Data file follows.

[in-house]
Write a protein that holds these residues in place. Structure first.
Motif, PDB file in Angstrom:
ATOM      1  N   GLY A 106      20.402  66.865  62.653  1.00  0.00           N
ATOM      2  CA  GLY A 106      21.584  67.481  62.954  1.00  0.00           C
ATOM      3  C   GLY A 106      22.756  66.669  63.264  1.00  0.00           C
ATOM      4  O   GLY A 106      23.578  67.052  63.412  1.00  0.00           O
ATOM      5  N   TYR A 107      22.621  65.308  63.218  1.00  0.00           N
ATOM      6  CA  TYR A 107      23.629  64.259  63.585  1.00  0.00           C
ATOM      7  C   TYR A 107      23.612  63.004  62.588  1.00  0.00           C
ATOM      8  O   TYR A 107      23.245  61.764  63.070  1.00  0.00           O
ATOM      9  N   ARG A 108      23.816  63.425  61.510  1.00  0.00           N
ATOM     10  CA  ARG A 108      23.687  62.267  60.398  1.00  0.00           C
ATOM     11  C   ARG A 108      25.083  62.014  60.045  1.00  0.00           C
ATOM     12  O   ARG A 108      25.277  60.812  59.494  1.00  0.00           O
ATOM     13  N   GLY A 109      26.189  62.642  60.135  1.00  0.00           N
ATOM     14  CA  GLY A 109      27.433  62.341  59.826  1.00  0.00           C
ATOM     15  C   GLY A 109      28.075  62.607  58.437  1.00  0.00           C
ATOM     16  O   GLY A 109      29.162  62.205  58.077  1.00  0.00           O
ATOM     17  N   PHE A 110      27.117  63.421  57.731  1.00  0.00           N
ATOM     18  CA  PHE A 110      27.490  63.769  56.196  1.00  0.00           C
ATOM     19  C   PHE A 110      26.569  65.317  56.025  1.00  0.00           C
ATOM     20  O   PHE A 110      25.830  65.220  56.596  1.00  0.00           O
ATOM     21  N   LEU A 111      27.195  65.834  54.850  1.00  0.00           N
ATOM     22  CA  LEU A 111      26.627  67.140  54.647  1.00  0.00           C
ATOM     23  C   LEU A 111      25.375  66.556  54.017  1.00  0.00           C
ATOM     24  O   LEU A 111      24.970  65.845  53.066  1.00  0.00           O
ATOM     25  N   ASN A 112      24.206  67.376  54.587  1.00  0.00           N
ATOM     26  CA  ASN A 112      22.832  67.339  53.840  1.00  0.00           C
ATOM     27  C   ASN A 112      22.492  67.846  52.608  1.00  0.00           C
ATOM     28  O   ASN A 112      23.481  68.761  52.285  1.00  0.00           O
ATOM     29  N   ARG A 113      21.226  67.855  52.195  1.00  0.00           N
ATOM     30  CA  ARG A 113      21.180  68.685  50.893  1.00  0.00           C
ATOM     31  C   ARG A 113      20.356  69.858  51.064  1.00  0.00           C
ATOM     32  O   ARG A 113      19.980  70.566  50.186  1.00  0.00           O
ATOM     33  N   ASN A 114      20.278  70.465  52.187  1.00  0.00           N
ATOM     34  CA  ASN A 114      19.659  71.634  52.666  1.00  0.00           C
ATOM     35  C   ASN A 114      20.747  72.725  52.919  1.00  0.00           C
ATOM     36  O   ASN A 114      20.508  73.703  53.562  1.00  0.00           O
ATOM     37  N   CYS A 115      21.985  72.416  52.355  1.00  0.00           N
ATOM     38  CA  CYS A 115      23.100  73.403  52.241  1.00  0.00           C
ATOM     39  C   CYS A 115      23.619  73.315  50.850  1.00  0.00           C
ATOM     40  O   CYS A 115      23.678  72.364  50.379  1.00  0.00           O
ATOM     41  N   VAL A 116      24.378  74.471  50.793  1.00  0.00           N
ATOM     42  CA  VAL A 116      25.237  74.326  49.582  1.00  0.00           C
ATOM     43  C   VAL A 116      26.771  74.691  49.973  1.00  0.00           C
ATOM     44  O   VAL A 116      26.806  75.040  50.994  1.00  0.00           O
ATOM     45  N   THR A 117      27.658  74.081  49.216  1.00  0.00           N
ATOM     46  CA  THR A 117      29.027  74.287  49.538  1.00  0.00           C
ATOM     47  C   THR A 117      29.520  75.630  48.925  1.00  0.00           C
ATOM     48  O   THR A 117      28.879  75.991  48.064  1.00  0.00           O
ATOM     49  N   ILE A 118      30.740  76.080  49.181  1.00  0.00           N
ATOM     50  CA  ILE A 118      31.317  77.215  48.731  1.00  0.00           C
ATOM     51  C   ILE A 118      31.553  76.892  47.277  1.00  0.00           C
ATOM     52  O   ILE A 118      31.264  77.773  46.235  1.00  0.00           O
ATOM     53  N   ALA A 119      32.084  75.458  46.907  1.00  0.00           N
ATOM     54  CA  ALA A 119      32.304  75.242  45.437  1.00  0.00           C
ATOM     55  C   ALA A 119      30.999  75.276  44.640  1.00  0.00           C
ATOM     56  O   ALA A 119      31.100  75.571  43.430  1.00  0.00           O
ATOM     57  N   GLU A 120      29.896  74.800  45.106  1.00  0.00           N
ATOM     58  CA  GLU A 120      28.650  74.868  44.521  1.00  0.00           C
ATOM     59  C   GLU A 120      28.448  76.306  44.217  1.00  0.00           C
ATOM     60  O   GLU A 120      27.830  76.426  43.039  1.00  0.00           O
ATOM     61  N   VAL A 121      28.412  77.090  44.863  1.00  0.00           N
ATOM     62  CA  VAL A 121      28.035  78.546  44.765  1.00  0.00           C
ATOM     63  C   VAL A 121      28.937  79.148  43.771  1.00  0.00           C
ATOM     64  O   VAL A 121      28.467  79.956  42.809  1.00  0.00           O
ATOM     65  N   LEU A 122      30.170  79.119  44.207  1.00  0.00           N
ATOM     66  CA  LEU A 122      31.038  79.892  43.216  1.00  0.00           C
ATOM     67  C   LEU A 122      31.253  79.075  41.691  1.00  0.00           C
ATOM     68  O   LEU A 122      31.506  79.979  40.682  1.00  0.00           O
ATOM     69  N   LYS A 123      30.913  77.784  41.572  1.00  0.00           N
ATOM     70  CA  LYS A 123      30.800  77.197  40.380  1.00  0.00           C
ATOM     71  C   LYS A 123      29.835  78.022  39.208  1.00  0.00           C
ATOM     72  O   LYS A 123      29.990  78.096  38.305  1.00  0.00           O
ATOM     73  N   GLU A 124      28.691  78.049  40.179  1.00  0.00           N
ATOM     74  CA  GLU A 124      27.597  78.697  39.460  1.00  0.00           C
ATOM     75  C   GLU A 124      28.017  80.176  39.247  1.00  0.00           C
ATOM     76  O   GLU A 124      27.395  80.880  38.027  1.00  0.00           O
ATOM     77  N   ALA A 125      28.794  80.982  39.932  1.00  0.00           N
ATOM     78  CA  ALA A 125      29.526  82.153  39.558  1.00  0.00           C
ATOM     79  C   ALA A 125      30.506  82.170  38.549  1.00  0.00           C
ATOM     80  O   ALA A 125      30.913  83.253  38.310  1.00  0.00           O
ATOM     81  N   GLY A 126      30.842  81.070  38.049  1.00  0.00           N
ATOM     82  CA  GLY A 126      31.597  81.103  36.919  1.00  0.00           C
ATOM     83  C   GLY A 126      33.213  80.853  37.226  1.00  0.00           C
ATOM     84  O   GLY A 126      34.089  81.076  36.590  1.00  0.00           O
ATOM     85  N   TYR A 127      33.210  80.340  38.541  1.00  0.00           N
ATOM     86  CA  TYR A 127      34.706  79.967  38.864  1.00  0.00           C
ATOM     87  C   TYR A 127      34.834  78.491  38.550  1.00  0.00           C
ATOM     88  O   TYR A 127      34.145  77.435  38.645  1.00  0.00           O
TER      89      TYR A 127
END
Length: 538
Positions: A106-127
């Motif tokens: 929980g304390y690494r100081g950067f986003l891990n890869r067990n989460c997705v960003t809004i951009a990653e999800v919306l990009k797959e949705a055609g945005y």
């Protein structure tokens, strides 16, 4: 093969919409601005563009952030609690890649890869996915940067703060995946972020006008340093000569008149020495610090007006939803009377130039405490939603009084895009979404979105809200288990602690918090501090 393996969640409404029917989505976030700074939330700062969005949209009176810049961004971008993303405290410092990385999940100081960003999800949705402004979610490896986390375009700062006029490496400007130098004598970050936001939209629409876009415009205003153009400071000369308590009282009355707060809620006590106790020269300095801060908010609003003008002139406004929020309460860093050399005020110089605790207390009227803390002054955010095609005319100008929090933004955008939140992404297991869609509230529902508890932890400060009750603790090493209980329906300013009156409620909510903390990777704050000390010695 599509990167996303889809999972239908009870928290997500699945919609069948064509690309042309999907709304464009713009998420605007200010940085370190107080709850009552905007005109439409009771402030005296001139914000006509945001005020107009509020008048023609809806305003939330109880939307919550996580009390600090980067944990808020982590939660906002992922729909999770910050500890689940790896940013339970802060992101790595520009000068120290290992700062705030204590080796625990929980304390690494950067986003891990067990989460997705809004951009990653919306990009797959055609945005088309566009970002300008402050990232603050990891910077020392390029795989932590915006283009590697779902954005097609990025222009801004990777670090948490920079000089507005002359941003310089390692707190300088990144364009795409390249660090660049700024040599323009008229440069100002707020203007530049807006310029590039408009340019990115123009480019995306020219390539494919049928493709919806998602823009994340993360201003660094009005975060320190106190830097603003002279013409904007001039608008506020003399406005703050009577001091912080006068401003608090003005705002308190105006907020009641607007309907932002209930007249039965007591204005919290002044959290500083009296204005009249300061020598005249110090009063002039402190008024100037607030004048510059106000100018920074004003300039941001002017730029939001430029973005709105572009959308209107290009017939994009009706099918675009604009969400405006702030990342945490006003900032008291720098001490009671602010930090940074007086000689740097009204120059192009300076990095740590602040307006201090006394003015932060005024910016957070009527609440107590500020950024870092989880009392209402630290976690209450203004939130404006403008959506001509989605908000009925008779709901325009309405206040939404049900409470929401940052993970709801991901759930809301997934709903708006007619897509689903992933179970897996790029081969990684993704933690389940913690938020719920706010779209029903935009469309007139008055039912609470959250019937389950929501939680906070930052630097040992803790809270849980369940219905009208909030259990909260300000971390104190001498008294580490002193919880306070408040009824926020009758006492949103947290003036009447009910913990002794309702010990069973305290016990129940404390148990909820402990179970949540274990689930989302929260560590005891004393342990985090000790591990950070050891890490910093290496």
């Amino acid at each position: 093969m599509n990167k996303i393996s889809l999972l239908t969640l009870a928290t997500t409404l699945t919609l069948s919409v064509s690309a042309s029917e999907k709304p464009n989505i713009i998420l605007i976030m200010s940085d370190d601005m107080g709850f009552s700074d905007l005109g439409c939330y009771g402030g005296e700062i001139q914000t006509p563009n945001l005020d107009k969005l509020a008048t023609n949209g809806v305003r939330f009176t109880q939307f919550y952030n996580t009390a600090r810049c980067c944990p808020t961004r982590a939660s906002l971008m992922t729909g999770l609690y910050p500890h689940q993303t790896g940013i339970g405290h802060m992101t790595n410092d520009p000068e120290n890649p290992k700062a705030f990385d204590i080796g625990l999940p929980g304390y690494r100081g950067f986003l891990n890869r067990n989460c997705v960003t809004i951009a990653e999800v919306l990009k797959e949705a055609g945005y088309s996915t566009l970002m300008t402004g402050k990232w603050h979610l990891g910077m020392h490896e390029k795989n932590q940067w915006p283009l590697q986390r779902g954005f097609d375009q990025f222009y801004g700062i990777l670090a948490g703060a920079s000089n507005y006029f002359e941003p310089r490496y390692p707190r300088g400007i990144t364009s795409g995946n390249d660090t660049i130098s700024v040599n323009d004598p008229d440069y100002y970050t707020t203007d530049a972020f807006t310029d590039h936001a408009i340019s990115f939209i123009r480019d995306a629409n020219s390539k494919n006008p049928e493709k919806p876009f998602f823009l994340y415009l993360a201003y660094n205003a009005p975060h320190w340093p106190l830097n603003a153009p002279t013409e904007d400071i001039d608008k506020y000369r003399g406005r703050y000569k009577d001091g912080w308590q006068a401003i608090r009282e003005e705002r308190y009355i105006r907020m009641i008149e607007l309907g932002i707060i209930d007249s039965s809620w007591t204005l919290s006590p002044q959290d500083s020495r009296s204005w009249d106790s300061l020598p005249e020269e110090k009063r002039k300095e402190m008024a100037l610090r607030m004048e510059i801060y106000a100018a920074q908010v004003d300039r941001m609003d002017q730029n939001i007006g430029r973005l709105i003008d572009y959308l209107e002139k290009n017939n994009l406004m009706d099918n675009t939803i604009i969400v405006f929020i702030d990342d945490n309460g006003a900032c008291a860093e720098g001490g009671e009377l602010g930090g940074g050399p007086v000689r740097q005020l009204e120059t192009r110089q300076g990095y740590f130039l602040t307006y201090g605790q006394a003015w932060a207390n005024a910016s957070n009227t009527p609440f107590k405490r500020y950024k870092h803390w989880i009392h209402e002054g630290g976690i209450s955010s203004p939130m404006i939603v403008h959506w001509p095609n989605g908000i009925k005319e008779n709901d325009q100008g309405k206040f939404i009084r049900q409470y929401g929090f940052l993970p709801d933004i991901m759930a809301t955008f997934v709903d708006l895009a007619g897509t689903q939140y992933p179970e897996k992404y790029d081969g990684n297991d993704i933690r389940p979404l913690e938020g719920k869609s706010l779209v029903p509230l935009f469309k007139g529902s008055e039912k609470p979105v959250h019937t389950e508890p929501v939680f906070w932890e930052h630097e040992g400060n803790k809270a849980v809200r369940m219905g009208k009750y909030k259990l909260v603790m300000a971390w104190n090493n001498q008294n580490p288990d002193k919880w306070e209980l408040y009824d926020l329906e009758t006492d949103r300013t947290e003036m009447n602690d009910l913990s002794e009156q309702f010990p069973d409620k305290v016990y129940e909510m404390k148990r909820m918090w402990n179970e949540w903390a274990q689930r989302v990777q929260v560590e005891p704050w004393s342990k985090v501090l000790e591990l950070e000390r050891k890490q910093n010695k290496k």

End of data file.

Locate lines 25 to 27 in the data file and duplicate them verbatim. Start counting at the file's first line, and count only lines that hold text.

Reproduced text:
ATOM     22  CA  LEU A 111      26.627  67.140  54.647  1.00  0.00           C
ATOM     23  C   LEU A 111      25.375  66.556  54.017  1.00  0.00           C
ATOM     24  O   LEU A 111      24.970  65.845  53.066  1.00  0.00           O